attaching unhappy consequences for themselves
and those for whom they were sung. As a result
of this belief Shiksha developed into a separate
branch of study to preserve the integrity and purity
of the divine words and save the dharma from
human fallibility.
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Odisha Review January - 2014
The teaching of the Shiksha are contained
in the ancient texts known as Pratishakhyas, each
attached to a particular Shiksha Samhita,
providing instructions for the recitation of the
hymns contained in it. The Pratishakhyas were
probably composed by many grammarians like
Saunaka before Panini and revised from time to
time.
The Shiksha Vedanga played an important
role in maintaining the purity and integrity of the
Vedic tradition. Although they have lost much of
their ancient significance, they continue to occupy
an important place in academic study of the Vedas.
For centuries they taught and continue to teach
Vedic students how to recite the Vedic hymns,
understand their meaning and perform the various
rituals and ceremonies strictly according to the
established procedures. Their study inculcates
among its students a sense of discipline and
respect for tradition and helps them conduct
themselves in society as upholders of the Vedic
dharma and traditional family values.
As the Veda was learnt by recitation and
proper pronunciation, it was necessary to learn
the science of Shiksha. Shiksha means to give.
The Guru was giving the Veda to his pupil by
uttering it.So, knowledge of Shiksha was the first
necessary requirement for study of Veda , its
mastery depended upon its proper pronunciation
and recitation.It is made clear in a verse Rg-Vedic
hymn-VII, 03 in the expression .Where the word
Shaktasa = shaktimatah shikshyakasya refers
to a teacher who was possessed of the ability to
teaching by his knowledge of the science of
Shiksha, according to which he was uttering and
pronouncing the Vedic text and his pupils were
reciting from his lips (anuvadati).
The Shiksha or phonetics is the nose
of. The first Vedanga Shiksha is the prime and
primary base of all the six Vedangas, which
comprises rules regarding letters, accents, quantity,
organs, enumeration, delivery and euphonic
combinations.We have another reference Shiksha
called the Manduki-Shiksha or phonetics in
minimum. Shiksha is mentioned in Taittiriya-
aranyaka where the rules on Shiksha had formally
their place in this chapter of the Taittiriya-
aranyaka. Though Shiksha, the development of
the dhvani-shastra, began. The word Shiksha
first appeared in Taittiriya-Upanishad, in which
vara, svara, matra, bala, sama, santana has been
incorporated and the research work on it had
been going on since very ancient era. In ancient
time this Shiksha concept was developed to a
great extent. All the tradition of Veda always
depend upon the perfect pronunciation. The main
aim of Shiksha is always pronounce the purified
Vedic mantras (rituals). Not only the wrong
utterance of mantras are very harmful but also it
is uncapable for express the real meaning. So in
Shiksha, varna svara matra bala sama santana
are the important theme. The Shiksha is the
science of pronunciation of letters, accents etc.
Sayana remarks that, as a correct pronunciation
is equally required for the earlier ceremonial
portion of the Veda (karma-kanda), the Shiksha
ought to have been inserted there. The word
Shiksha is at first derived from Taittiriya Upanisad.
And also in The phonetic observations of Indian
Grammarian it is said that
The subject of svarabhakti has been
exhaustively treated by Schmidt in his
Geschichte des Indo-germanischen vokalismus,
and it is unnecessary to go over the same ground
again. But a few interesting points may be noted
here relating to the conditions and pronunciation
of Sanskrit svarabhakti which have been
mentioned by Indian grammarians and which do
not seem to have come to the notice of that
scholar.
Shiksha Vedanga is related to phonetic
education. In the physiology, Shiksha is
represented by the structures which compute and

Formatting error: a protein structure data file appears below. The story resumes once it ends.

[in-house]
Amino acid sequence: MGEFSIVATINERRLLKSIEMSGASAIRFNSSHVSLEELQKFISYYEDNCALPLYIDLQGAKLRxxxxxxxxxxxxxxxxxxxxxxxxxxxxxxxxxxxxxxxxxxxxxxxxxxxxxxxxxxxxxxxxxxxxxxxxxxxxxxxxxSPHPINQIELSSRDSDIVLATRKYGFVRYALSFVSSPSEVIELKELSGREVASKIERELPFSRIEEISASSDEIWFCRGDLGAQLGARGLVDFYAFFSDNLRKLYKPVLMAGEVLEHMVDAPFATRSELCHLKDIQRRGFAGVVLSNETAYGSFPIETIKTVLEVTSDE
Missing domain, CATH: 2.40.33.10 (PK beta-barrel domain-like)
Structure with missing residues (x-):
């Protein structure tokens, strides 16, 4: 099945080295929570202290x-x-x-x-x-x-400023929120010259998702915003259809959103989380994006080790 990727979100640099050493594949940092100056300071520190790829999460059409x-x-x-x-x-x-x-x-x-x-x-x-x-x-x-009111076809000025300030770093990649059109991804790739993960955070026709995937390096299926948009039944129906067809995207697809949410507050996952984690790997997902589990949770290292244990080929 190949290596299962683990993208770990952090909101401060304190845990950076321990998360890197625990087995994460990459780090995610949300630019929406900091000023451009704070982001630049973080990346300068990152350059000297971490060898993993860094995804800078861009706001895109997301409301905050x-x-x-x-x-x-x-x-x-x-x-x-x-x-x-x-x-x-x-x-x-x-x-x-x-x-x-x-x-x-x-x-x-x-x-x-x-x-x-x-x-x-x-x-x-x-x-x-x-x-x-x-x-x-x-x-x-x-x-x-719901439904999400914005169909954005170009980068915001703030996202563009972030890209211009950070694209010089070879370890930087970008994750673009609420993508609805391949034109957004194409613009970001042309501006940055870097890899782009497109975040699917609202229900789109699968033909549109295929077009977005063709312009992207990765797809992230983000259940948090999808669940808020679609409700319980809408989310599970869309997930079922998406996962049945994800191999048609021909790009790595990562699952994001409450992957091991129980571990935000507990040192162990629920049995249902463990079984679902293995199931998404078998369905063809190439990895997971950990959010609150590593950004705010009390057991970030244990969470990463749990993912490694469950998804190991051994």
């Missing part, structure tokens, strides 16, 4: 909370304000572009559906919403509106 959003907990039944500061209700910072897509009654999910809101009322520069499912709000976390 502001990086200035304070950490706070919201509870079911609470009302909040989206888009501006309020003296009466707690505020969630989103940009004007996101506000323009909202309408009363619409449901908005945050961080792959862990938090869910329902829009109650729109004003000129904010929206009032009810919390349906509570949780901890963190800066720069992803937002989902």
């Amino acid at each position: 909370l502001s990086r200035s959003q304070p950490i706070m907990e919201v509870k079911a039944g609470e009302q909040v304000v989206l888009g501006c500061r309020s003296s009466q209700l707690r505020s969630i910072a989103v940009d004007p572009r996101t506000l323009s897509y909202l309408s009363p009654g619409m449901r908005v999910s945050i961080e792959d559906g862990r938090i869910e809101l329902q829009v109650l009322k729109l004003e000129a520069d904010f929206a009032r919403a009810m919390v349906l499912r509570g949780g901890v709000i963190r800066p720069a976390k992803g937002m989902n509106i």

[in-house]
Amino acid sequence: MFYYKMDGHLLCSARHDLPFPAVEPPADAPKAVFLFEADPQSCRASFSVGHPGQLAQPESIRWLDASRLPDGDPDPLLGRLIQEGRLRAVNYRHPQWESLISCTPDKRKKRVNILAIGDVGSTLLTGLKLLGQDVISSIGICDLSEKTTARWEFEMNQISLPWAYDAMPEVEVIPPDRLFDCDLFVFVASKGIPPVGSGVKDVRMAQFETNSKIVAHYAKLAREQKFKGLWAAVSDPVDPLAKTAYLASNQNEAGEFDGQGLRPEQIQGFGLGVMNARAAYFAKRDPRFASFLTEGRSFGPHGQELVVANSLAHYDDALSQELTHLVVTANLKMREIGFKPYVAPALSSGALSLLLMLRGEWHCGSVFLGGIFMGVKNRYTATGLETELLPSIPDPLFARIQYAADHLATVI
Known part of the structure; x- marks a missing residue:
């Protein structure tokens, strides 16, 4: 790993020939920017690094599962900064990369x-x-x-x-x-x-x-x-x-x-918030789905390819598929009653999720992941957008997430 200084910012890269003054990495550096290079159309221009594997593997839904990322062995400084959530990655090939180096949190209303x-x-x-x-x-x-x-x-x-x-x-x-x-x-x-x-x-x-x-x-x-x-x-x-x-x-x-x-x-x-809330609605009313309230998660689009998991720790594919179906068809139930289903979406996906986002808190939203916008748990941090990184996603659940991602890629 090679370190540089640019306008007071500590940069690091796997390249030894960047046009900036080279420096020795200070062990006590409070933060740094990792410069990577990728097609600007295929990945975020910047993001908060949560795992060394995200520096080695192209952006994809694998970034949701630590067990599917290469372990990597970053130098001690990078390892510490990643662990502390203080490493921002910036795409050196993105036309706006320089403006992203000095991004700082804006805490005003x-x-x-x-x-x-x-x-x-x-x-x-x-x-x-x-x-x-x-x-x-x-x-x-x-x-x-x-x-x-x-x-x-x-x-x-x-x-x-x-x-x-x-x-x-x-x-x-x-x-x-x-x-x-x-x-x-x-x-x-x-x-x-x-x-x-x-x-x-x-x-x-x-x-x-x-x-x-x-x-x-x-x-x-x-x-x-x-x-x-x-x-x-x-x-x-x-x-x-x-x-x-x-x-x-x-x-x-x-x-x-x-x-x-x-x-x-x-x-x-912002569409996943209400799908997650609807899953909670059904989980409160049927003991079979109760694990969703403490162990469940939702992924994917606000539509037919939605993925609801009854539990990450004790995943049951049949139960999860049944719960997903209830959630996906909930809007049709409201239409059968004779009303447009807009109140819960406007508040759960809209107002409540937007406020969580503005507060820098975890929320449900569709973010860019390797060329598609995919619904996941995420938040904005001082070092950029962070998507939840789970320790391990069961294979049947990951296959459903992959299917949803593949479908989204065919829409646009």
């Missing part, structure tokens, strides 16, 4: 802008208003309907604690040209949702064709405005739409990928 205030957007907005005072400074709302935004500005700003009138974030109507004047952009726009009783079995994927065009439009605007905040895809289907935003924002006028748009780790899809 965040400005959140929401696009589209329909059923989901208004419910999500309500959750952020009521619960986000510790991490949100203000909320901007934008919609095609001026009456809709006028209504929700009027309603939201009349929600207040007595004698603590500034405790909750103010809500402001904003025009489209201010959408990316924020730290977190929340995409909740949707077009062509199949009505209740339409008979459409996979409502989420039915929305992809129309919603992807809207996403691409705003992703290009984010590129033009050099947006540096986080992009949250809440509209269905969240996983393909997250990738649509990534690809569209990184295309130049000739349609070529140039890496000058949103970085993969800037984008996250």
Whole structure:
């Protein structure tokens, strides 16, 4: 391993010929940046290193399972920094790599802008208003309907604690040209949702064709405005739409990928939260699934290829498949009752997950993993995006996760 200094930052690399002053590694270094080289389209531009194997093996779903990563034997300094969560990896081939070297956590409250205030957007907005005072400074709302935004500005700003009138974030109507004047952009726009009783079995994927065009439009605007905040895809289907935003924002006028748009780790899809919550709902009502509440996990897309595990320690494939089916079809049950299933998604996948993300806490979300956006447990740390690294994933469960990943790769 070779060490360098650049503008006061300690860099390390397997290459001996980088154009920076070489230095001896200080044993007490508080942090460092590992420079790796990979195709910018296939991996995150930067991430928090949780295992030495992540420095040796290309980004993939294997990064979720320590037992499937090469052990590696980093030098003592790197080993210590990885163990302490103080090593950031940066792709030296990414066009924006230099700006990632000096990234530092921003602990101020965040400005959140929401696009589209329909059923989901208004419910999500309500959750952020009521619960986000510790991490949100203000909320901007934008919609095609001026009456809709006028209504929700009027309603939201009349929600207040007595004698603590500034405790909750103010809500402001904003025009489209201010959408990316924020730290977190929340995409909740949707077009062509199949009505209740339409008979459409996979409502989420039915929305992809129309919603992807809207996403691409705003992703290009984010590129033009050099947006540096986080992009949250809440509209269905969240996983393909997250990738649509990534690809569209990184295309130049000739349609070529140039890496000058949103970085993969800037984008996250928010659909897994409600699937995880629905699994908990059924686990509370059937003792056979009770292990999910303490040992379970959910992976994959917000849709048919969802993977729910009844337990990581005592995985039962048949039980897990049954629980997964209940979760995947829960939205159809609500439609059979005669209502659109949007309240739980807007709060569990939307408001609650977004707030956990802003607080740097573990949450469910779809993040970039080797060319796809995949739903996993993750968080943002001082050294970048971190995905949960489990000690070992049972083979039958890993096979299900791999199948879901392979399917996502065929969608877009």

express the internal aspects of the physiology,
such as its biochemical constituents, temperature,
pressure etc. (the expression of the automic
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Odisha Review January - 2014
nervous system). These expressions are
channeled via the automic ganglia. These are 36
on each side of the spinal cord .
7
It is the first branch of Vedic learning
which played an important role in maintaining the
purity and integrity of the Vedic tradition. It
occupies an important place in the academic study
of the Vedas. Its study includes among its students
a sense of discipline and respect for tradition and
helps them to conduct themselves in society as
upholds of the Vedic dharma and traditional
family value. This is an integral and essential part
of ancient Vedic education system, aimed to
promote all-round development of the students
with a better understanding of the Vedas and Vedic
practices.
References :
1. Allen, William Sidney., Phonetics in Ancient India,
Oxford University Press, London, Reprint 1953.
2. Chaturvedi, Ramamurti, Vaidikasiksa Svarupa
Vimarsah, Sampurnananda Sanskrit University,
Varanasi, 1
st
ed. 2003.
3. Murti, M, Srimannarayan, An Introduction to
Sanskrit Linguistics, D. K. Publications, New
Delhi 1984.
4. Sharma, K.L., Vedanga (A critical and
comprehensive History of Vedic Literature, vol-
VI), Vishveshvaranand Vedic Research Institute,
Sadhu Ashram, Hoshiarpur (Punjab, India), 1983.
5. Unlenbeck, C.C, A manual of Sanskrit Phonetics,
Edited by Munshiram Manoharlal Publishers
pvt. Ltd. 54 Rani Jhansi Road, New Delhi 110055,
1
st
ed. 1898, 2
nd
ed. 1977.
6. Varma, Siddheswar, Critical study in Phonetics
Observations of Indian Grammer, Munsiram
Manoharlal, Delhi, 1961.
7. Tony Nadar, Human Physiology : Expression of
Veda and the Vedic literature, pp.80-81.
J ournals :
1. Agarwal, Uma., Suklayajurvediya siksaomen
Ucarana Vaisistya, Ambhriniyam, Acharya
Ramesh Chandra Sukla Felicitaion Volume, editor-
Satya prakash Sharma, Aligarh, 1
st
ed., November
1983.
2. Kielhorn, Lorenz Franz, Remarks on the Siksa,
Indian Antiquary-5, Reprint 1969.
3. Singh, Maan, Vedartha Prakriya Main siksa
Vedanga, Pavamani, Quality Research Jounal,
Part 16
th
, 2
nd
and 3
rd
volume, Svami Sampurnananda
Vaidika sodha Sansthana, Gurukula Pravata
Ashrama, Mirat, April 2001.
4. Ratha, Prativa Manjari, Prerequisite
Qualifications For Vedic Studies: A Desideratum
of Vedic Research Presented in 42
nd
All Indian
Oriental Conference, 2004 at Sampurnananda
Sanskrit University, Varanasi (Summaries of Paper,
P. 104.)
Monalisa Mohanty, P.G.. Department of Sanskrit, Utkal
University, Vanivihar, Bhubaneswar (PRT-Hindi &
Sanskrit), C/o-Vikash Residential School, At/Po-
Khandagiri, Bhubaneswar.